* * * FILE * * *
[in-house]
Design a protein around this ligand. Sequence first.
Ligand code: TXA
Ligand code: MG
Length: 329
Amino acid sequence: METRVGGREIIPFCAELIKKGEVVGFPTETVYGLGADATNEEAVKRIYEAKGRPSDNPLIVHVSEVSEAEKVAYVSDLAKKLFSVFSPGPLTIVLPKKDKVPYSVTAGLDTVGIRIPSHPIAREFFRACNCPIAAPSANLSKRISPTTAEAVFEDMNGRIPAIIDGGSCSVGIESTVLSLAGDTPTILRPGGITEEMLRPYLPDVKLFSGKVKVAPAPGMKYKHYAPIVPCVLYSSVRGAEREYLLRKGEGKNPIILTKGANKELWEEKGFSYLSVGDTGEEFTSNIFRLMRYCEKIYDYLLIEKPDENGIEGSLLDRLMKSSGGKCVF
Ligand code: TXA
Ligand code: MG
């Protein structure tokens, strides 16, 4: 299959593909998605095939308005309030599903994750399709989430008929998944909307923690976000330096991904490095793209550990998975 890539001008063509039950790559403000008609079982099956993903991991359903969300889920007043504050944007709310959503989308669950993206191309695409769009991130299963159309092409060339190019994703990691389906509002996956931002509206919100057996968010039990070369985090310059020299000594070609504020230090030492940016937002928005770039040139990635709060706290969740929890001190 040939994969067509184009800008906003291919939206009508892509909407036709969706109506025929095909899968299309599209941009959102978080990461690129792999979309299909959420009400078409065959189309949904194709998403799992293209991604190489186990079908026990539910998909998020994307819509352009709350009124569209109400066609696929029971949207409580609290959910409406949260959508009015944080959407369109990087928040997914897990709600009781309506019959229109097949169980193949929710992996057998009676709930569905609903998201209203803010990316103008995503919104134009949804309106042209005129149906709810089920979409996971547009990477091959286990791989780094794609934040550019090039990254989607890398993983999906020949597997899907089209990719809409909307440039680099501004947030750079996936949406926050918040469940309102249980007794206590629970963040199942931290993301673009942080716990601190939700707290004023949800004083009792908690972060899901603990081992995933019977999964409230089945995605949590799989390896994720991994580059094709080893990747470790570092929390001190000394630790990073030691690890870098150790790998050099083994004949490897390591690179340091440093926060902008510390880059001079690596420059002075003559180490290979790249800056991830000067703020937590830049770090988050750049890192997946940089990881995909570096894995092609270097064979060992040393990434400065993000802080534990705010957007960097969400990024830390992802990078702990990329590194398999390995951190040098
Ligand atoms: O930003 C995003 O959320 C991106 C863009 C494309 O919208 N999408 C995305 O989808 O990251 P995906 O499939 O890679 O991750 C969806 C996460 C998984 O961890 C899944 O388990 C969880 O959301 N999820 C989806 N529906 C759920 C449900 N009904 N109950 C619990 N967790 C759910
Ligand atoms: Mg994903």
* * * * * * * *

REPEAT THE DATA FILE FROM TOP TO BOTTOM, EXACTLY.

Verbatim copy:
[in-house]
Design a protein around this ligand. Sequence first.
Ligand code: TXA
Ligand code: MG
Length: 329
Amino acid sequence: METRVGGREIIPFCAELIKKGEVVGFPTETVYGLGADATNEEAVKRIYEAKGRPSDNPLIVHVSEVSEAEKVAYVSDLAKKLFSVFSPGPLTIVLPKKDKVPYSVTAGLDTVGIRIPSHPIAREFFRACNCPIAAPSANLSKRISPTTAEAVFEDMNGRIPAIIDGGSCSVGIESTVLSLAGDTPTILRPGGITEEMLRPYLPDVKLFSGKVKVAPAPGMKYKHYAPIVPCVLYSSVRGAEREYLLRKGEGKNPIILTKGANKELWEEKGFSYLSVGDTGEEFTSNIFRLMRYCEKIYDYLLIEKPDENGIEGSLLDRLMKSSGGKCVF
Ligand code: TXA
Ligand code: MG
């Protein structure tokens, strides 16, 4: 299959593909998605095939308005309030599903994750399709989430008929998944909307923690976000330096991904490095793209550990998975 890539001008063509039950790559403000008609079982099956993903991991359903969300889920007043504050944007709310959503989308669950993206191309695409769009991130299963159309092409060339190019994703990691389906509002996956931002509206919100057996968010039990070369985090310059020299000594070609504020230090030492940016937002928005770039040139990635709060706290969740929890001190 040939994969067509184009800008906003291919939206009508892509909407036709969706109506025929095909899968299309599209941009959102978080990461690129792999979309299909959420009400078409065959189309949904194709998403799992293209991604190489186990079908026990539910998909998020994307819509352009709350009124569209109400066609696929029971949207409580609290959910409406949260959508009015944080959407369109990087928040997914897990709600009781309506019959229109097949169980193949929710992996057998009676709930569905609903998201209203803010990316103008995503919104134009949804309106042209005129149906709810089920979409996971547009990477091959286990791989780094794609934040550019090039990254989607890398993983999906020949597997899907089209990719809409909307440039680099501004947030750079996936949406926050918040469940309102249980007794206590629970963040199942931290993301673009942080716990601190939700707290004023949800004083009792908690972060899901603990081992995933019977999964409230089945995605949590799989390896994720991994580059094709080893990747470790570092929390001190000394630790990073030691690890870098150790790998050099083994004949490897390591690179340091440093926060902008510390880059001079690596420059002075003559180490290979790249800056991830000067703020937590830049770090988050750049890192997946940089990881995909570096894995092609270097064979060992040393990434400065993000802080534990705010957007960097969400990024830390992802990078702990990329590194398999390995951190040098
Ligand atoms: O930003 C995003 O959320 C991106 C863009 C494309 O919208 N999408 C995305 O989808 O990251 P995906 O499939 O890679 O991750 C969806 C996460 C998984 O961890 C899944 O388990 C969880 O959301 N999820 C989806 N529906 C759920 C449900 N009904 N109950 C619990 N967790 C759910
Ligand atoms: Mg994903």